Recently, I read an article about "Donna," one Christian woman who lost 32kg in weight after calling out to God in desperation. Not only did she battle with being overweight, but she was depressed and felt there was no point in having dreams or plans, as she was never successful at anything anyway. God blessed and restored Donna, and she said in her testimony, "I know now that He loves me, and also likes me. Not just because He is God, but because I am me."
If you want to be loved, accepted, and you want to be Someone, reach out and embrace Jesus Christ, the One who actually delivers the promises He has made.
Isaiah 61:7 "Instead of your shame you will have double honour, and instead of confusion they shall rejoice in their portion." NKJV
Ephesians 1:3-6 Blessed be the God and Father of our Lord Jesus Christ, who has blessed us with every spiritual blessing in the heavenly places in Christ, just as He chose us in Him before the foundation of the world, that we should be holy and without blame before Him in love, having predestined us to adoption as sons (and daughters) by Jesus Christ Himself, according to the good pleasure of His Will, to the praise and glory of His grace, by which He has made us accepted in the Beloved." NKJV
Back Up Research:
Firstly a few facts from the American Psychiatric Association. Anorexia Nervosa is a refusal to maintain body weight normal for age, an intense fear of gaining weight or becoming fat even though underweight, and a distorted body image. People with Anorexia reduce food intake, and undertake extensive exercising. There may also be self-induced vomiting, and use of laxatives or diuretics to lose weight. People with Anorexia are unable to exert control over what they're doing; they may prepare meals for others, but will limit themself to a narrow selection of low calorie foods. They may also hoard, conceal or crumble food, and can have episodes of Bulimia as well. Most people with Anorexia will steadfastly deny or minimise the severity of their illness, and are uninterested or resistant to help. Anorexia Nervosa occurs predominantly in females, and starts in early to late adolescence.
Sufferers of Bulimia Nervosa can be overweight, underweight or normal weight. They lack control over their eating behaviour, and have recurrent episodes of binge eating. Again, there may be self-induced vomiting and use of laxatives or diuretics, strict dieting or fasting, or vigorous exercise to prevent weight gain. A dominant factor is a persistent over-concern with body weight and shape. Binges may be planned. They will include high calorie foods loaded with sugar, and easy to eat fast. Although eating binges may be pleasurable, they are followed by severe self-criticism and depression. Bulimia begins in adolescence or early adult life. Studies have found that frequently parents of people with Bulimia are obese, and obesity in adolescence can be related to the disorder.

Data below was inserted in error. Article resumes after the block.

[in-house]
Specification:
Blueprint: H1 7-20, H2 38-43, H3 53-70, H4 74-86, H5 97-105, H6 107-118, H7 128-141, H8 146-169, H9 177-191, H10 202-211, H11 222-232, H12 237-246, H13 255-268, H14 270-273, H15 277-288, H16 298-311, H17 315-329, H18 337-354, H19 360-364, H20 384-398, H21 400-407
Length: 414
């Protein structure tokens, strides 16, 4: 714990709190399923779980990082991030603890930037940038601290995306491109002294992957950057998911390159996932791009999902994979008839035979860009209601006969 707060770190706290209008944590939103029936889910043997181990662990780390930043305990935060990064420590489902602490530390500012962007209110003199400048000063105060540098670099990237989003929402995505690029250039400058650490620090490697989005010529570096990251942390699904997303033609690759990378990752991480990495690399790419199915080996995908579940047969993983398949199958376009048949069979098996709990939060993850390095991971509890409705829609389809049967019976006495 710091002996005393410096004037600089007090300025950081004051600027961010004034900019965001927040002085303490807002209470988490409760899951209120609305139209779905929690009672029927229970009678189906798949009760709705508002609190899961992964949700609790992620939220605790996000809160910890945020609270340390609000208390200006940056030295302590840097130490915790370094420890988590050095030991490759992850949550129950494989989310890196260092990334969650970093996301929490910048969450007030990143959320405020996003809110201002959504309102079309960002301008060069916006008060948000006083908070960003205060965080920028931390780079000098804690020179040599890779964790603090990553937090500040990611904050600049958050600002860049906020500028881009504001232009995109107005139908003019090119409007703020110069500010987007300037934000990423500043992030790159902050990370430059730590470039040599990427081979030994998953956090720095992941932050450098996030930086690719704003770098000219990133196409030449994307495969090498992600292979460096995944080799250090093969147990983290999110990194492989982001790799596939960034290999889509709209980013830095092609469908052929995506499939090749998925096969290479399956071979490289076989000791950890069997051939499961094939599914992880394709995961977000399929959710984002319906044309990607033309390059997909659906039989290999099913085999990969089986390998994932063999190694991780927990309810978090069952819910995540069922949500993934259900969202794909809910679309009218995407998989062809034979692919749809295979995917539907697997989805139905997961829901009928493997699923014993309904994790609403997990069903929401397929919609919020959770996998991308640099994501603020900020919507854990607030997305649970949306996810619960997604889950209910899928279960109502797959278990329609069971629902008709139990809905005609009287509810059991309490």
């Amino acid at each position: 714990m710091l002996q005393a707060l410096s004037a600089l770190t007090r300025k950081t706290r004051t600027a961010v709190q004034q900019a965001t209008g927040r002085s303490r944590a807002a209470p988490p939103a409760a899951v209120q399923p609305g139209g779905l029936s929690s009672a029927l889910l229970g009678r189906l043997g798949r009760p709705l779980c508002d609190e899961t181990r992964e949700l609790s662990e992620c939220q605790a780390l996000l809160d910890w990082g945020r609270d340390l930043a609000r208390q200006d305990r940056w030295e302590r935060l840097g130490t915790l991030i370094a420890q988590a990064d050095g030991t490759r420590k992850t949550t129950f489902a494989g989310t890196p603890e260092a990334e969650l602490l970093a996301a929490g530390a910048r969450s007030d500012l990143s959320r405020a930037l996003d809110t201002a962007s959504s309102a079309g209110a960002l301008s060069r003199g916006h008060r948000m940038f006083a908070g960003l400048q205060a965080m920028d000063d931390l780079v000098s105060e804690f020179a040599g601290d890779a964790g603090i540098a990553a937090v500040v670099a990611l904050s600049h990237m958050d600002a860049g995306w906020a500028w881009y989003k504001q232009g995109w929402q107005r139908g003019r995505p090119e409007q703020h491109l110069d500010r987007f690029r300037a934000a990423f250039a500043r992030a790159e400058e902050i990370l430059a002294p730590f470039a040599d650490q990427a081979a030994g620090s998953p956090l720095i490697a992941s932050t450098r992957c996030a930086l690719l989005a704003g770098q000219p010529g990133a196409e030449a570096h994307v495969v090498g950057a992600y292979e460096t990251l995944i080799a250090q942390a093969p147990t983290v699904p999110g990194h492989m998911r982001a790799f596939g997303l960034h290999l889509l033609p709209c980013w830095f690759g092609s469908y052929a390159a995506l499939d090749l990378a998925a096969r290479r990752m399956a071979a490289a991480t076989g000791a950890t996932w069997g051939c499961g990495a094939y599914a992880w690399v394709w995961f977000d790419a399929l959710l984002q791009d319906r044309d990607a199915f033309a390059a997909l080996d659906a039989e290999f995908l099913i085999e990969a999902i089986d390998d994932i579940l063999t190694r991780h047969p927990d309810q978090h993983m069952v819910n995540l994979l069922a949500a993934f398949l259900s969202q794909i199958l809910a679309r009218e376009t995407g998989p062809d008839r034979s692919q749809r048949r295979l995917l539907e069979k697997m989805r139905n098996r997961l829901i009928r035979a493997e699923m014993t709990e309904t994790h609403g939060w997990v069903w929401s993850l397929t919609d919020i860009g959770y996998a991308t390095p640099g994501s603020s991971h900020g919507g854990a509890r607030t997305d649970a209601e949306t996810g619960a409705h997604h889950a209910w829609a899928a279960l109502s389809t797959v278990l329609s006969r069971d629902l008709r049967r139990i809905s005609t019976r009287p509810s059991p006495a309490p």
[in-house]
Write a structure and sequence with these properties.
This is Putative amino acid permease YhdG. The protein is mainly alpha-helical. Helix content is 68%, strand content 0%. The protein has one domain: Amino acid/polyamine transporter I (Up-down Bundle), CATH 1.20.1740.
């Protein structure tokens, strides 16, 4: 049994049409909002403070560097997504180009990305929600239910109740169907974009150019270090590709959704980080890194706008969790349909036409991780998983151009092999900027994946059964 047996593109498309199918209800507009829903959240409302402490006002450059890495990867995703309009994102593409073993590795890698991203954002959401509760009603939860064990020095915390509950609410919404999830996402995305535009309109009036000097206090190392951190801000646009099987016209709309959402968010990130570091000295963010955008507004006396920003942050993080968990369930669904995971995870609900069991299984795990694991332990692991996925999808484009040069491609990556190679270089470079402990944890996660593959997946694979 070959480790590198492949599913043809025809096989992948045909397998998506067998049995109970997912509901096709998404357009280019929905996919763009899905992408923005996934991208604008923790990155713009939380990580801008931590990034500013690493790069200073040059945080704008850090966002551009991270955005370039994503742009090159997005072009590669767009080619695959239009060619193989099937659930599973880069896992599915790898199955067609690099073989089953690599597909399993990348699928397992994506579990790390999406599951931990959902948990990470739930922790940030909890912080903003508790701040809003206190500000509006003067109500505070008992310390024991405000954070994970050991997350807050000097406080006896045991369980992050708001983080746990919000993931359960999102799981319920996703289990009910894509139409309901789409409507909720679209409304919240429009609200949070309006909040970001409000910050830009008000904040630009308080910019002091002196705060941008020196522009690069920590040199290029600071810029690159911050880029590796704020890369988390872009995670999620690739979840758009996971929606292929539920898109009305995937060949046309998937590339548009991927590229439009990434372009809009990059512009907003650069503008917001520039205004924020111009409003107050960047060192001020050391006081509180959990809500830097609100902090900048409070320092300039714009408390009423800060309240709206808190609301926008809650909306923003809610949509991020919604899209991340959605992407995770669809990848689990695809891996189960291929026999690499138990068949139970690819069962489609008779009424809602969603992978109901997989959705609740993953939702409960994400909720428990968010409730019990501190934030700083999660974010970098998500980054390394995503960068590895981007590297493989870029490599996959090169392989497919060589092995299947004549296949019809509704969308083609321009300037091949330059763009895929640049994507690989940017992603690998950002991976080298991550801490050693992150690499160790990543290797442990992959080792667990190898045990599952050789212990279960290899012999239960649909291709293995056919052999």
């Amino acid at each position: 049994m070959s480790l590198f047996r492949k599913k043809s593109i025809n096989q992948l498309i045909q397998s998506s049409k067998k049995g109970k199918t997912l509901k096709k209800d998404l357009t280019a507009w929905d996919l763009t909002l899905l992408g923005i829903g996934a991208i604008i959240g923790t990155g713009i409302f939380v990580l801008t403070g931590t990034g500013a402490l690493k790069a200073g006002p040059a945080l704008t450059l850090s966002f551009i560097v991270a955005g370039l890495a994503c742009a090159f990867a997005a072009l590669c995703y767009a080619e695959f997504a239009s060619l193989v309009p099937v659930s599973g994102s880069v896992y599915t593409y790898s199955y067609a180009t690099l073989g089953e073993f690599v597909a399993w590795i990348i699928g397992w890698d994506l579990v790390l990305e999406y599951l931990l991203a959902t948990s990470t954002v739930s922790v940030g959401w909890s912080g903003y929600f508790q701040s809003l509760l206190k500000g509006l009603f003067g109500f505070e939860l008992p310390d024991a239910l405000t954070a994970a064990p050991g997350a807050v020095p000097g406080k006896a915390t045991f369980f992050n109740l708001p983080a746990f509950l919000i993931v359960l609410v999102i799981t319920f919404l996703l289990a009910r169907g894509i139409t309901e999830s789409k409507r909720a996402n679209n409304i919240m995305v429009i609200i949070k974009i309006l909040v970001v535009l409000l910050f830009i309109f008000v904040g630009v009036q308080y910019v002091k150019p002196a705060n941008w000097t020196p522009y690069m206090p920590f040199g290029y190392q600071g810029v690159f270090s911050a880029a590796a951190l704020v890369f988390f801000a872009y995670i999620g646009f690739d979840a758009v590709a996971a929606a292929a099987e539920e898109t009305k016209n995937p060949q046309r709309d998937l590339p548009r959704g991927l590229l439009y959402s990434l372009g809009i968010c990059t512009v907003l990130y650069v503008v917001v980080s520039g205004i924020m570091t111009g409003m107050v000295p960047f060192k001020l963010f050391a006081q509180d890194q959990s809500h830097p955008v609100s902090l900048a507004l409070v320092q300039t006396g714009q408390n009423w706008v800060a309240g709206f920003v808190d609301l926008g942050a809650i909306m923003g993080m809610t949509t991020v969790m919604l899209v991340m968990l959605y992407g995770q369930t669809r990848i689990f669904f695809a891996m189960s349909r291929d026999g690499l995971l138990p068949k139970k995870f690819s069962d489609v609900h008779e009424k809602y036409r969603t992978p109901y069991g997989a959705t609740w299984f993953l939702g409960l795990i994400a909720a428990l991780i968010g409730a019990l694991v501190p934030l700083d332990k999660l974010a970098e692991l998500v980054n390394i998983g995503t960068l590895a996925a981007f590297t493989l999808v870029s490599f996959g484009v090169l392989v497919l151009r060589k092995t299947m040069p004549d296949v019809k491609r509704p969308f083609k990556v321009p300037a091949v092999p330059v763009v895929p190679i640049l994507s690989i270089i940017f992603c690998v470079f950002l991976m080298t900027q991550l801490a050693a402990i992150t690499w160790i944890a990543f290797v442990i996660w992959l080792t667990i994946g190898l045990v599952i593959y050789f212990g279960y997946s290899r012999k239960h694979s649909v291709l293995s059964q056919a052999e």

Both disorders seem to relate to the individual striving towards perfectionism, and their desire to control their body to fit into the desired physical image which is prolific in media and fashion. If you are to believe advertising, having the right body also opens up the doors to a great personality, fun, belonging, acceptance, a great boyfriend (who will also have a great body), health and wealth. Many of us would credit ourselves with the 'sense' to know this is only advertising, but how much of that advertising is firmly lodged in our minds? It is probable that we are not even aware of how much we subconsciously and consciously respond to these cues in our environment. It's been said, "if you hear a report often enough, you figure it must be right and believe that is it true."
This article by Cate Russell-Cole is under a Creative Commons Attribution-ShareAlike 4.0 International (CC BY-SA 4.0)
Written in Australian English.